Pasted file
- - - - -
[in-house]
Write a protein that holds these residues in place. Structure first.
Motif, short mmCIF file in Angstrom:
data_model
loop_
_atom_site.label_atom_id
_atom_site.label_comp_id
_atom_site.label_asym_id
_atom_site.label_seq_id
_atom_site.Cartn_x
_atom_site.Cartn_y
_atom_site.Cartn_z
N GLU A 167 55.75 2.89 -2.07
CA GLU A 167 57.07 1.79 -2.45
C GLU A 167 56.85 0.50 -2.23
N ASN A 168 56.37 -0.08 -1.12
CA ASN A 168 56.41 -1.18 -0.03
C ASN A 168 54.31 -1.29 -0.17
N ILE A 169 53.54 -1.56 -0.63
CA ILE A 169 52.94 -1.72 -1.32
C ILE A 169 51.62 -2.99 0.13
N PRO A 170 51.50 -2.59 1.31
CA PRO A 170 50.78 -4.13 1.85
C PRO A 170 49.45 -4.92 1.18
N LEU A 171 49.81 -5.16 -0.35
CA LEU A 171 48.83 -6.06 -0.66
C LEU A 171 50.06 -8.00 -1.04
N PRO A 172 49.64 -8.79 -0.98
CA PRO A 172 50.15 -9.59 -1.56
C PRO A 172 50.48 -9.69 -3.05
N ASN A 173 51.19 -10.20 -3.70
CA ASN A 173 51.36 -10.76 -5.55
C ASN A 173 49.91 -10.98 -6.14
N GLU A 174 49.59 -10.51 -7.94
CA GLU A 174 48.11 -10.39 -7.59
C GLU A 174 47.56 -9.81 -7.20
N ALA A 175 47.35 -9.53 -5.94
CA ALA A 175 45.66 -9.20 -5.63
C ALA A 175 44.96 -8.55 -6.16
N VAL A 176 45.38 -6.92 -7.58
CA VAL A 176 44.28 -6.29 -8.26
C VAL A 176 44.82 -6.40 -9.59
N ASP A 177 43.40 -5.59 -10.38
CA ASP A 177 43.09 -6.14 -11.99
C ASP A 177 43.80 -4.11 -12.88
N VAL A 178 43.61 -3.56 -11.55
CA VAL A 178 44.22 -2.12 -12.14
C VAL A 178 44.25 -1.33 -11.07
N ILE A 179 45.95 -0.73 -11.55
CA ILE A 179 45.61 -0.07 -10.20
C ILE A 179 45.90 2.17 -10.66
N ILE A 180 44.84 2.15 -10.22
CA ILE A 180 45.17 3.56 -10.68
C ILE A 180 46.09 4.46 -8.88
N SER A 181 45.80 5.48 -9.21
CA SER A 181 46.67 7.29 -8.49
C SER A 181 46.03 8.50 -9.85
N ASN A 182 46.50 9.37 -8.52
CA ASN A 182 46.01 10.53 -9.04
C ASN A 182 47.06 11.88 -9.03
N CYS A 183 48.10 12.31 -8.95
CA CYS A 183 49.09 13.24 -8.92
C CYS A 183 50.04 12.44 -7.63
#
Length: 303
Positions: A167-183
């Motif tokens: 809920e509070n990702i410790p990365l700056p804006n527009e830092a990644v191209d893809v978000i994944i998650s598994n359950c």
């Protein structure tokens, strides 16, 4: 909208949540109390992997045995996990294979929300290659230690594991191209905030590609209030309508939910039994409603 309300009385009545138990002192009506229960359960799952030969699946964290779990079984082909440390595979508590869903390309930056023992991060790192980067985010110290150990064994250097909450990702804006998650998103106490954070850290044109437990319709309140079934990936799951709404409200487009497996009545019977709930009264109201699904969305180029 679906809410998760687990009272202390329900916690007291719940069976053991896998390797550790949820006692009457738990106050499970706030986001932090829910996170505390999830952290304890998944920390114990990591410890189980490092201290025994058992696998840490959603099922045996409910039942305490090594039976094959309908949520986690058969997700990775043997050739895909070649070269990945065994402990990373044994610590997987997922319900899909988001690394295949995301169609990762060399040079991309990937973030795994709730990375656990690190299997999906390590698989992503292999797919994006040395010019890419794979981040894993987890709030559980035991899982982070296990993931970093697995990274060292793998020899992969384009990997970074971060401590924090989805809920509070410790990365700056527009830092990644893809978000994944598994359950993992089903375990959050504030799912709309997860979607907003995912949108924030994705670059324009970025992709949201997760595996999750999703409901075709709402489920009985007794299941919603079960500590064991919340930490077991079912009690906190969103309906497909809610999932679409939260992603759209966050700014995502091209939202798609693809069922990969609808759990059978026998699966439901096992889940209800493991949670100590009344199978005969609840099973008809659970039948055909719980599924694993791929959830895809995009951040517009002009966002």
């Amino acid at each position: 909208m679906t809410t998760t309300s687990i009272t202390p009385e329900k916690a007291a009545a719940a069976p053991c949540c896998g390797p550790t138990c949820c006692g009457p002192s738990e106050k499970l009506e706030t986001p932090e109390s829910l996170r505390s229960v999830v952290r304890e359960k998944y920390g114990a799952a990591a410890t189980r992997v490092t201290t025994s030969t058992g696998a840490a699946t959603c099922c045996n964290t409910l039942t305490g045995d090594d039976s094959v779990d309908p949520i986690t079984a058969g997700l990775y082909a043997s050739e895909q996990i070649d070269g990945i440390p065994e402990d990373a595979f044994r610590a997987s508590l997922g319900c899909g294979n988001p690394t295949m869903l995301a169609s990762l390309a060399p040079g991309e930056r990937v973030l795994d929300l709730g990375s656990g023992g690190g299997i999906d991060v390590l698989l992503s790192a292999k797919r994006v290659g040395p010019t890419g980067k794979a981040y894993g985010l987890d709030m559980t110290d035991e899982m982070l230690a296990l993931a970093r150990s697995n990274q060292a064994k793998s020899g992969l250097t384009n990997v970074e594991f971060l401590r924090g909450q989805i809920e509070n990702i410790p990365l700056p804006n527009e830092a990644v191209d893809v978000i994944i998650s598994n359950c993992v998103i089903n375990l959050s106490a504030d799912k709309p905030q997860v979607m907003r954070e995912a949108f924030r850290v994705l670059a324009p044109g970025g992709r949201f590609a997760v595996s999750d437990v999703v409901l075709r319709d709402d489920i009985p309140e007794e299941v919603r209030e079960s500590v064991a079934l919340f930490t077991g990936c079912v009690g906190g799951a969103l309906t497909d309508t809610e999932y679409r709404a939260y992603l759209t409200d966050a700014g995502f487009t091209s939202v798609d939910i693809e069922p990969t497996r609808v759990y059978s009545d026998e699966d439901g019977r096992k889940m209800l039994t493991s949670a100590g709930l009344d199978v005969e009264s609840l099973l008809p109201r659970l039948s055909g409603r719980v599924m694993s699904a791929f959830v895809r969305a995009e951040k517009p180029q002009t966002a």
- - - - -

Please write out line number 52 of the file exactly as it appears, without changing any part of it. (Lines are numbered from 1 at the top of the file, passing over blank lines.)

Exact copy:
N ILE A 180 44.84 2.15 -10.22